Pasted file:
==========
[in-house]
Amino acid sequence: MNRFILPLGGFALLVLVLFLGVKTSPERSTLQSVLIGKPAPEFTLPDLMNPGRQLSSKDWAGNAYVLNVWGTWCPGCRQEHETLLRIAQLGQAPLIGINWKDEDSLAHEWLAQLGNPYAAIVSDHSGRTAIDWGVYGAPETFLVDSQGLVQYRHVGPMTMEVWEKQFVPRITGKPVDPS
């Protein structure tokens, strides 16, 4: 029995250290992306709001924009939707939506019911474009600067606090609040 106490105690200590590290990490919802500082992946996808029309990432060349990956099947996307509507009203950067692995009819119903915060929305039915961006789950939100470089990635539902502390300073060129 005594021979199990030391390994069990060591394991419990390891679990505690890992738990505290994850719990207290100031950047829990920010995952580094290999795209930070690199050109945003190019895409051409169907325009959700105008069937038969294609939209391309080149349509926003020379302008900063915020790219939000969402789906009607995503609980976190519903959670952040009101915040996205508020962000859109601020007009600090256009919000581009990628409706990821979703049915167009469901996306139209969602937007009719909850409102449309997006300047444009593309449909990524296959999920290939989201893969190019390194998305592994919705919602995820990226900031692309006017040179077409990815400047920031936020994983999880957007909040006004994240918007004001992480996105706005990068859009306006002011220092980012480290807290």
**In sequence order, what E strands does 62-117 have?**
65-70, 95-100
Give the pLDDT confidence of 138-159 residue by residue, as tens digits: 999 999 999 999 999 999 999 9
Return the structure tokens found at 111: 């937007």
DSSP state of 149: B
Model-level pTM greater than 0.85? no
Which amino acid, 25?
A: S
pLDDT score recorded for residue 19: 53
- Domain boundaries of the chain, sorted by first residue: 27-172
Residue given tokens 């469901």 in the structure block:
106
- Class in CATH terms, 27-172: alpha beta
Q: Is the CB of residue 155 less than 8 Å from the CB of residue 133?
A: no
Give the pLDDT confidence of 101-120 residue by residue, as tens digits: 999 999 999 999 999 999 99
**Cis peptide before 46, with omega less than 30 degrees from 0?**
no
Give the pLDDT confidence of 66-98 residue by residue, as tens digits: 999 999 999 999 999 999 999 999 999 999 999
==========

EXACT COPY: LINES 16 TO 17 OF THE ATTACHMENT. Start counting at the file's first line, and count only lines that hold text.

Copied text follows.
- Class in CATH terms, 27-172: alpha beta
Q: Is the CB of residue 155 less than 8 Å from the CB of residue 133?